Asthma's Effect on Insurance Rates

The tables below assume that you do not expose yourself to serious environmental risks and that you do not smoke. Note that if you undergo regular steroid treatments you will receive at least two additional tables on your rating. Any combination of smoking, exposing yourself to environmental risk, and receiving steroid treatments will receive even more table ratings.

For severe cases where asthma is complicated by chronic bronchitis, you will be rated under guidelines for Chronic Obstructive Pulmonary Disease.

If you continue to smoke while suffering from deteriorating emphysema, you will likely be declined.





Seasonal; six attacks or less per year


Six attacks or more per year


Lungs return to normal between attacks; no asthma-related disabilities


Serious attacks requiring regular medication; occasional steroid treatment


Serious attacks requiring continuous medication and steroid treatment.


Expected Ratings

Type of Asthma Attack

Last attack within previous two years

Last attack more than two years ago but less than four years ago

Last attack more than four years ago

Infrequent Mild




Infrequent Moderate

Standard - Table 2



Infrequent Severe

Table 2 - Table 4

Table 2


Often Mild

Standard - Table 2

Standard - Table 2


Often Moderate

Table 2 - Table 4

Standard - Table 2


Often Severe

Table 4 - Decline

Table 2 - Decline

Standard - Decline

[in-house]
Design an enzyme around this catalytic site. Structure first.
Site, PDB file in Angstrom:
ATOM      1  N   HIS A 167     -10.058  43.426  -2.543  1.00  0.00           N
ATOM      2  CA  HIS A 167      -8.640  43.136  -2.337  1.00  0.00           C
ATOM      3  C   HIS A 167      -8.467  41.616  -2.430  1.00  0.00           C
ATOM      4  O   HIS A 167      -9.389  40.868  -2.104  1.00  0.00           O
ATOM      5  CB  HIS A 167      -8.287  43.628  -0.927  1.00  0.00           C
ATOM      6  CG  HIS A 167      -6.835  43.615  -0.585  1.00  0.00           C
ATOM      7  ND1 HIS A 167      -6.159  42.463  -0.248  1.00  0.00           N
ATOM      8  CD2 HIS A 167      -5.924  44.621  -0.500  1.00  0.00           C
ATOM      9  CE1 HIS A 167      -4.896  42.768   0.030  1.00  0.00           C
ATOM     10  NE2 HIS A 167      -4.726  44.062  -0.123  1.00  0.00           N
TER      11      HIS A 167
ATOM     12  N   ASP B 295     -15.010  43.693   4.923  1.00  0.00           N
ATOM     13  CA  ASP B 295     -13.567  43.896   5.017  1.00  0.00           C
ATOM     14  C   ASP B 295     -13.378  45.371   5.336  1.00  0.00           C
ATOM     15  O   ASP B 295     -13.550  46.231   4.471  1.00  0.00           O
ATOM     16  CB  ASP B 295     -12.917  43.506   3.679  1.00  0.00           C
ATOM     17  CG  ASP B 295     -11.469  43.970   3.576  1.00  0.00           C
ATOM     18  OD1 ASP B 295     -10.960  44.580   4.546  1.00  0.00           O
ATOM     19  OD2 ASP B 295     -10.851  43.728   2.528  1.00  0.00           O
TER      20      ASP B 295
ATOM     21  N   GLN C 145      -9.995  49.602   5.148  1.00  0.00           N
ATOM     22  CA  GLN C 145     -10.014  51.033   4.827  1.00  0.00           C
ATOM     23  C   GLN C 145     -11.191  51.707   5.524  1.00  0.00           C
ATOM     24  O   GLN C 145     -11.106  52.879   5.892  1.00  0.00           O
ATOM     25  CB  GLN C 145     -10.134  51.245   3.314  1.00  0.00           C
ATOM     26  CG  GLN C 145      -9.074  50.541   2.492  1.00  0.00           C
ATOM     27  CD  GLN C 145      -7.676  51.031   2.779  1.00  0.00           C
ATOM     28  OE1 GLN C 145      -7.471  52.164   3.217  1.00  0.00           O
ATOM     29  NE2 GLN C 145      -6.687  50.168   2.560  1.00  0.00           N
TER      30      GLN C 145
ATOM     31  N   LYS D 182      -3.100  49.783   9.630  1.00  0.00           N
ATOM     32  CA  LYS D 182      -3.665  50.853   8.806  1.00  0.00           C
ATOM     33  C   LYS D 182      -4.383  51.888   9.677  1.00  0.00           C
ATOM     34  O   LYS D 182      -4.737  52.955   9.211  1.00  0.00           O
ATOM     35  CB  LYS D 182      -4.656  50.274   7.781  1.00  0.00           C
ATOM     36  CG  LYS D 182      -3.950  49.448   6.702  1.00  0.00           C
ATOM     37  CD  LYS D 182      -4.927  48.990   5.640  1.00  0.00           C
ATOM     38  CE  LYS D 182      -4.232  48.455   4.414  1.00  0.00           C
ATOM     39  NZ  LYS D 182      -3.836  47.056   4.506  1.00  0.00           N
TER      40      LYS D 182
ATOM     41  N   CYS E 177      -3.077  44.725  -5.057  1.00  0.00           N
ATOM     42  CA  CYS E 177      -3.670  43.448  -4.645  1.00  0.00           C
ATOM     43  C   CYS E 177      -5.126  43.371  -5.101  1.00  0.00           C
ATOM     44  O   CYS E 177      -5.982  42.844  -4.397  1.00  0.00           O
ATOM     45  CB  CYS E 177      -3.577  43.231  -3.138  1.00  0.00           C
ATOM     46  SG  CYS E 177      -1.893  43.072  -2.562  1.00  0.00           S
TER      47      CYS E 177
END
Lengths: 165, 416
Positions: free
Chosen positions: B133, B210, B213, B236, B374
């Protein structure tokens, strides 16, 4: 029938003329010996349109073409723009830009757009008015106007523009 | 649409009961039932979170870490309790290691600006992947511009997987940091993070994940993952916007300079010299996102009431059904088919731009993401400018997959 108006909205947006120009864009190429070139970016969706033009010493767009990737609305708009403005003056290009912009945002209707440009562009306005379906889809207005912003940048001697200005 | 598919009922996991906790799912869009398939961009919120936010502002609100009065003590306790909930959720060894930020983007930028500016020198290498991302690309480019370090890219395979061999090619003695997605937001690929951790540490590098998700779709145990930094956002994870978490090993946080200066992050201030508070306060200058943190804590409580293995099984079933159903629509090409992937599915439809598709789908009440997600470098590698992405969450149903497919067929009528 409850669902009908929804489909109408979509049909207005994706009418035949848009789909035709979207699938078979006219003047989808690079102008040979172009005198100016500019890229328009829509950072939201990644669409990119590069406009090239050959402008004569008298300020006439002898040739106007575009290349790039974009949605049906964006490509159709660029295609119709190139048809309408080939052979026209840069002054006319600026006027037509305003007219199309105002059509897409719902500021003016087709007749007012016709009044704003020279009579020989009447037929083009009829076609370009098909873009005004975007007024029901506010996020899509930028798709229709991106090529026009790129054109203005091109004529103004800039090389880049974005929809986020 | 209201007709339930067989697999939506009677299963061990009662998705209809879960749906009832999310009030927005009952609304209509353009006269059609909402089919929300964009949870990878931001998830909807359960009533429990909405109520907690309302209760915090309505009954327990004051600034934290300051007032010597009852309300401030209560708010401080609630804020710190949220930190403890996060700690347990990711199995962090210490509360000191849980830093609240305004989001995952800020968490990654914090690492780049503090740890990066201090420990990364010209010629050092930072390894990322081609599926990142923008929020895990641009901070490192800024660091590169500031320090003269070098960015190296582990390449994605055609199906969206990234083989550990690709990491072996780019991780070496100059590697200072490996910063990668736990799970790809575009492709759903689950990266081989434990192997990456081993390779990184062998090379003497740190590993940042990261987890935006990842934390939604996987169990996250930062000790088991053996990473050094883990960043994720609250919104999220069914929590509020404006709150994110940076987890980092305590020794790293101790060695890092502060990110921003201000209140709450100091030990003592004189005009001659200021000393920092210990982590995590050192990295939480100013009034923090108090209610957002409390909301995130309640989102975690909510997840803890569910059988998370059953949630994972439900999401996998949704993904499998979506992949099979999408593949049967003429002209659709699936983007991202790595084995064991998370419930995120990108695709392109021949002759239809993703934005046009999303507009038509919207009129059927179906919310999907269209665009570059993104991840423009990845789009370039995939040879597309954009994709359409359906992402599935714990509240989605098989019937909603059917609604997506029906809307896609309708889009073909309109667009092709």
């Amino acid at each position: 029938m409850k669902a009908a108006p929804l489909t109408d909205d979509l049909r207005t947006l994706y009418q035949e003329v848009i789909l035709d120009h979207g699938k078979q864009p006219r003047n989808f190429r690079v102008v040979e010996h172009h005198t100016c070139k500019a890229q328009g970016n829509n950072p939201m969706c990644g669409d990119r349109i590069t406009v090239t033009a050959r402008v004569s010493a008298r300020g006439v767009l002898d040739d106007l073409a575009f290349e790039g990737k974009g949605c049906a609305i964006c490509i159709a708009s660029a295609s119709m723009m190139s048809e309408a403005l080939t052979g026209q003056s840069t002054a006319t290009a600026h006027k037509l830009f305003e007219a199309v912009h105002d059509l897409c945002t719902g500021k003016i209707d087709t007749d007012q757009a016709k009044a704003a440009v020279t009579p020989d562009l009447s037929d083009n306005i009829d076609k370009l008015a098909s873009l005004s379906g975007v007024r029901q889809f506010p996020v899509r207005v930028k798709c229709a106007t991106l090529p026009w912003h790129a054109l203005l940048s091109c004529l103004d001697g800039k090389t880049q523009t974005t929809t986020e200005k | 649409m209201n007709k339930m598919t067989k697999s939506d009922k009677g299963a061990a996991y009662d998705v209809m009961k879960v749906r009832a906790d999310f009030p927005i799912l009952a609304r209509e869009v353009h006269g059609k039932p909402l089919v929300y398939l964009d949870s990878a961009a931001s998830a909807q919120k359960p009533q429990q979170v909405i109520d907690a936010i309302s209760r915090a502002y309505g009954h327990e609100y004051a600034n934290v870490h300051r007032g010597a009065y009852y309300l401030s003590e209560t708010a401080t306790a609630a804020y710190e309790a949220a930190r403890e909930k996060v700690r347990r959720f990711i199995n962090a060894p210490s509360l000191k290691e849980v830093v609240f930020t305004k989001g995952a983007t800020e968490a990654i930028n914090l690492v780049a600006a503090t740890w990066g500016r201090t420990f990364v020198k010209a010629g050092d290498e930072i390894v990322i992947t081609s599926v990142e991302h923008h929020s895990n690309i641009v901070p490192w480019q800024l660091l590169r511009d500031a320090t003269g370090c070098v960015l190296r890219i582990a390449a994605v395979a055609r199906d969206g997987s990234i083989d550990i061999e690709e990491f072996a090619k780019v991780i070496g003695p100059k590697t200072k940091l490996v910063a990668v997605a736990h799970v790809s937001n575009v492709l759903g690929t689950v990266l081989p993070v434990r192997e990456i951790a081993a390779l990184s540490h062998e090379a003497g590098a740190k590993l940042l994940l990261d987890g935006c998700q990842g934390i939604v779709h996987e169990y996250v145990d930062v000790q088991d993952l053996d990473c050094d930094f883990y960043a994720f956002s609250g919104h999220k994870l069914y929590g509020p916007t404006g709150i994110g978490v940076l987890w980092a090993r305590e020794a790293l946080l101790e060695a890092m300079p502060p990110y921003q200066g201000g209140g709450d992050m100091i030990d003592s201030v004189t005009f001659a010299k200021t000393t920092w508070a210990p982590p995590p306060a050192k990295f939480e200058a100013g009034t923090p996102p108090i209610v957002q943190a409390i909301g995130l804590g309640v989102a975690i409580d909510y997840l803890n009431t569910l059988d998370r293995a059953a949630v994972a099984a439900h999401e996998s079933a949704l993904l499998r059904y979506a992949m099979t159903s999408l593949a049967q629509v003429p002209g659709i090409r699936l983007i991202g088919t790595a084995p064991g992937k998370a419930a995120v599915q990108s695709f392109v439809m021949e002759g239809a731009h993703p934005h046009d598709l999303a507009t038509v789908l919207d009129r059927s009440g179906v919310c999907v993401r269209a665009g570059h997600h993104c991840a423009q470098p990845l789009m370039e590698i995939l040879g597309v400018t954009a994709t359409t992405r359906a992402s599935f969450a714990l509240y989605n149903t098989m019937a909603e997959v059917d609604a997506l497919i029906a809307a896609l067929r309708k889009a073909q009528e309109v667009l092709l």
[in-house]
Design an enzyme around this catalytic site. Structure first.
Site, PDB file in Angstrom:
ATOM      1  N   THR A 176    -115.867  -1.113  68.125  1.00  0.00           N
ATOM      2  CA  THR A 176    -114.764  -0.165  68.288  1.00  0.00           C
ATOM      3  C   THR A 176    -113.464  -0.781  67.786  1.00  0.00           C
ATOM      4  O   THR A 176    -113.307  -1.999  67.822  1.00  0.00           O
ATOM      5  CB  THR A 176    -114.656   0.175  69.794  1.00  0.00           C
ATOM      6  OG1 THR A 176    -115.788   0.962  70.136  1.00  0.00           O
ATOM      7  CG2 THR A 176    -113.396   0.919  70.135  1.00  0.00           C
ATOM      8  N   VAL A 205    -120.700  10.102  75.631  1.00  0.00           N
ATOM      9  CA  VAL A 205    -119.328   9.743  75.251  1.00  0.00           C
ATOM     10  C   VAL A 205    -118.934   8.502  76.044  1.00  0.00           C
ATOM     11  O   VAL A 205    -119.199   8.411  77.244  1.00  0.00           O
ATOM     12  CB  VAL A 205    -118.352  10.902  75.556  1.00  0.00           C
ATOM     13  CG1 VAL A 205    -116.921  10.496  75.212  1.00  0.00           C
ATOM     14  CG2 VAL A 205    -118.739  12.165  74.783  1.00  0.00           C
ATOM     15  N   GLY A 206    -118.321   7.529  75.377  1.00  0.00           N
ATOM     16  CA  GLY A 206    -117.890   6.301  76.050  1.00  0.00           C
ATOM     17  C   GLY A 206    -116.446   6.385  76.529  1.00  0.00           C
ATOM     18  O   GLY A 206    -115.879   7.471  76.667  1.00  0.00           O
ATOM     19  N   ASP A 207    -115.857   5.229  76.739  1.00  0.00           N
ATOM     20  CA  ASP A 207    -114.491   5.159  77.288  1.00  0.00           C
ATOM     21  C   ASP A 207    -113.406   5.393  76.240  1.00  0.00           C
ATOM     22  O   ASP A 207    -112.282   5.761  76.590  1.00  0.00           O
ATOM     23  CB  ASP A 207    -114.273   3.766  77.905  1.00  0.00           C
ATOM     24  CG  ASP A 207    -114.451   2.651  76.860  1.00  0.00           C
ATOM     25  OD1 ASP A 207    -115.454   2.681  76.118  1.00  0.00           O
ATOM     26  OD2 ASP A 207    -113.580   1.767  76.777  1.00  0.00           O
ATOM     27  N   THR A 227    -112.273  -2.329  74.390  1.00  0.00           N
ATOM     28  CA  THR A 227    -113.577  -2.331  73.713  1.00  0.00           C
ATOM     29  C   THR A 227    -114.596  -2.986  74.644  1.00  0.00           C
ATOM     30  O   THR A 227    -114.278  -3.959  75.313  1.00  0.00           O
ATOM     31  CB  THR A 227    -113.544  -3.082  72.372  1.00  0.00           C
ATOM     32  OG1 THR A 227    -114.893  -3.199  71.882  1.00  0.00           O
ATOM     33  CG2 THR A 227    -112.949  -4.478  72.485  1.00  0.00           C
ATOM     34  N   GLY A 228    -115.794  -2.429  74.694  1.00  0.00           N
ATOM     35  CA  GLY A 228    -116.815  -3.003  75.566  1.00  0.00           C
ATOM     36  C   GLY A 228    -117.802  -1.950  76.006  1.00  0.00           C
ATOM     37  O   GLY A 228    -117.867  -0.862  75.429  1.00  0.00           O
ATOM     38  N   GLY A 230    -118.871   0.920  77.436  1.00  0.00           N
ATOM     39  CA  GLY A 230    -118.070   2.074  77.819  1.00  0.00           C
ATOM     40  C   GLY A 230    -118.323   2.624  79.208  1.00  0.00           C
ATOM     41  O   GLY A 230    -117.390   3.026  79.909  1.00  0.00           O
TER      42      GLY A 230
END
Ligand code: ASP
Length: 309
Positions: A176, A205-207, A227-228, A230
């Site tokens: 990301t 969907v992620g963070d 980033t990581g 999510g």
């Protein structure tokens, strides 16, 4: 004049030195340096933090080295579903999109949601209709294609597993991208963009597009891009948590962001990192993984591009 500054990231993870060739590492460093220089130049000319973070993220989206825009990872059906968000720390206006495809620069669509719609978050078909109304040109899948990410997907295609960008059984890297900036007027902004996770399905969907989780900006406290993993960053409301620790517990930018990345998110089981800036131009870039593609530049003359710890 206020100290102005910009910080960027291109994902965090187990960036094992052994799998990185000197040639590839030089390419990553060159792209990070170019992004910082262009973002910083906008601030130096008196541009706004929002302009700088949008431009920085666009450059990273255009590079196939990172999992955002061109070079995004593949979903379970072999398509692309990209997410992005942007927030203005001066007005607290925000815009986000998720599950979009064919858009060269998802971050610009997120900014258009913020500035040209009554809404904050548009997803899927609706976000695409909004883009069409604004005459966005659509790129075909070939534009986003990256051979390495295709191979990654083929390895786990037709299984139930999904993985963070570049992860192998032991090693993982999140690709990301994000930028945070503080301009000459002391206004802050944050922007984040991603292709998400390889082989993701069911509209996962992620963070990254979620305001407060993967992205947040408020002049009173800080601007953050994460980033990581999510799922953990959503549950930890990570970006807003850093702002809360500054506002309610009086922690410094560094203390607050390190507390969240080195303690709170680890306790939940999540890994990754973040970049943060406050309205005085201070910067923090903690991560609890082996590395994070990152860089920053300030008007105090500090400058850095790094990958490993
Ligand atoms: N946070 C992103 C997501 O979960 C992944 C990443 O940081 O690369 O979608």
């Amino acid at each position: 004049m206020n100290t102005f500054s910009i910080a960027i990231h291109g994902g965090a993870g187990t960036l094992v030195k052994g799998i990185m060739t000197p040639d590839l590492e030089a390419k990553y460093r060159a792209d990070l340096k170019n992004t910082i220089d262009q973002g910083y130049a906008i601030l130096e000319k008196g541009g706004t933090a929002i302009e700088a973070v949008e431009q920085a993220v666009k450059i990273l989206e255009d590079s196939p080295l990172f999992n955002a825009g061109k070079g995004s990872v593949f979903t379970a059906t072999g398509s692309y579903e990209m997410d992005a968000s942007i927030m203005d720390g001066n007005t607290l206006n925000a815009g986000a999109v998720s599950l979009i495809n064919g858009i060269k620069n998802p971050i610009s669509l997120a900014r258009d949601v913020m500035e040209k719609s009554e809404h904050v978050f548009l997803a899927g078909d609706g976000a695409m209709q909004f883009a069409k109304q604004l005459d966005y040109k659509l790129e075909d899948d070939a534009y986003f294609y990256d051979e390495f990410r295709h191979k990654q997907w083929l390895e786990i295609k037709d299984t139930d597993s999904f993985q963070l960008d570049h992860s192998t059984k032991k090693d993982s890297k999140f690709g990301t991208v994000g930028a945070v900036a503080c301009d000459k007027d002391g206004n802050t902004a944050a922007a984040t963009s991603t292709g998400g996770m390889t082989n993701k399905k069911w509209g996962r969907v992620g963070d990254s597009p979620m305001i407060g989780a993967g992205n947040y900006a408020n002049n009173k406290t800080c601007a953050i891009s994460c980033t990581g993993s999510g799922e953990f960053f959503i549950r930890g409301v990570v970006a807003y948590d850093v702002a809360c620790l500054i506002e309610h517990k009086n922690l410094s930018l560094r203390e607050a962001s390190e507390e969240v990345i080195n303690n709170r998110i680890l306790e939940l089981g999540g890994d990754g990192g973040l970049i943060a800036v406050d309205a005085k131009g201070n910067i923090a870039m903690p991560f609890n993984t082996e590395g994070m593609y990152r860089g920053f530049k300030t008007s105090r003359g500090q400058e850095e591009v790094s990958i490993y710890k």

More Information on Asthma

Asthma is a condition where the airway narrows making it difficult to breathe. Usually the condition will reverse, though it is possible to complicate into death. The narrowing is triggered by any number of irritants which will lead to a so-called "asthma attack" whereby the bronchial reactivity increases. Asthma can be triggered by things such as allergens, pollutants, cigarette smoke, dust, exercise, animal dander, and even cold weather. Individuals with severe asthma, if not careful to manage the condition, may develop complications such as emphysema or Chronic Obstructive Pulmonary Disease.

Asthma is generally divided into three categories, depending on how it is triggered. The first type is "extrinsic asthma" defined as being facilitated by an allergic reaction. Next is "intrinsic asthma" which is an infective asthma with no identifiable allergen. Finally there is "exercised induced asthma" that is triggered by vigorous exercise.

Important Things to Know for Those with Asthma

What are some of the issues that interest underwriters?

  • What is the date when your disorder was first diagnosed?

  • Is your asthma acute and chronic?